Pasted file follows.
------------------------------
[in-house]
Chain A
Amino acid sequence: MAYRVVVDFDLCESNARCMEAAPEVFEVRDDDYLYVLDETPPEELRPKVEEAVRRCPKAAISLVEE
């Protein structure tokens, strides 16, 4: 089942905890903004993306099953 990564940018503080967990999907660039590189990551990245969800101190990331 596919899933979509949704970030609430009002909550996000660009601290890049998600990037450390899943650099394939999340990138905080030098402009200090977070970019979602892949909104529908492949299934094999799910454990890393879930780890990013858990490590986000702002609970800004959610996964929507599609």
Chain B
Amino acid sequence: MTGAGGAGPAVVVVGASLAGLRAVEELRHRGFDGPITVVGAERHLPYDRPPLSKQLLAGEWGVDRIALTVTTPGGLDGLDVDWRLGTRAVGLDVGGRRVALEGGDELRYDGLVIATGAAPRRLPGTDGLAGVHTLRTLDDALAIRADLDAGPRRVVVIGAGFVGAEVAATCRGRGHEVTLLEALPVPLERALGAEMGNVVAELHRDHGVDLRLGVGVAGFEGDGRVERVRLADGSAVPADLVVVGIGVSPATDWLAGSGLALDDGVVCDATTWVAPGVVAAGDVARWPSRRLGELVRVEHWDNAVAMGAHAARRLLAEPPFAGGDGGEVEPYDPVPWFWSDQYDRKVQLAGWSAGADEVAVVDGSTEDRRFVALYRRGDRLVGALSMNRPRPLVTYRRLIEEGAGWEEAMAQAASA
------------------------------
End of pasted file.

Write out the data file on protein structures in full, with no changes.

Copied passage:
[in-house]
Chain A
Amino acid sequence: MAYRVVVDFDLCESNARCMEAAPEVFEVRDDDYLYVLDETPPEELRPKVEEAVRRCPKAAISLVEE
């Protein structure tokens, strides 16, 4: 089942905890903004993306099953 990564940018503080967990999907660039590189990551990245969800101190990331 596919899933979509949704970030609430009002909550996000660009601290890049998600990037450390899943650099394939999340990138905080030098402009200090977070970019979602892949909104529908492949299934094999799910454990890393879930780890990013858990490590986000702002609970800004959610996964929507599609």
Chain B
Amino acid sequence: MTGAGGAGPAVVVVGASLAGLRAVEELRHRGFDGPITVVGAERHLPYDRPPLSKQLLAGEWGVDRIALTVTTPGGLDGLDVDWRLGTRAVGLDVGGRRVALEGGDELRYDGLVIATGAAPRRLPGTDGLAGVHTLRTLDDALAIRADLDAGPRRVVVIGAGFVGAEVAATCRGRGHEVTLLEALPVPLERALGAEMGNVVAELHRDHGVDLRLGVGVAGFEGDGRVERVRLADGSAVPADLVVVGIGVSPATDWLAGSGLALDDGVVCDATTWVAPGVVAAGDVARWPSRRLGELVRVEHWDNAVAMGAHAARRLLAEPPFAGGDGGEVEPYDPVPWFWSDQYDRKVQLAGWSAGADEVAVVDGSTEDRRFVALYRRGDRLVGALSMNRPRPLVTYRRLIEEGAGWEEAMAQAASA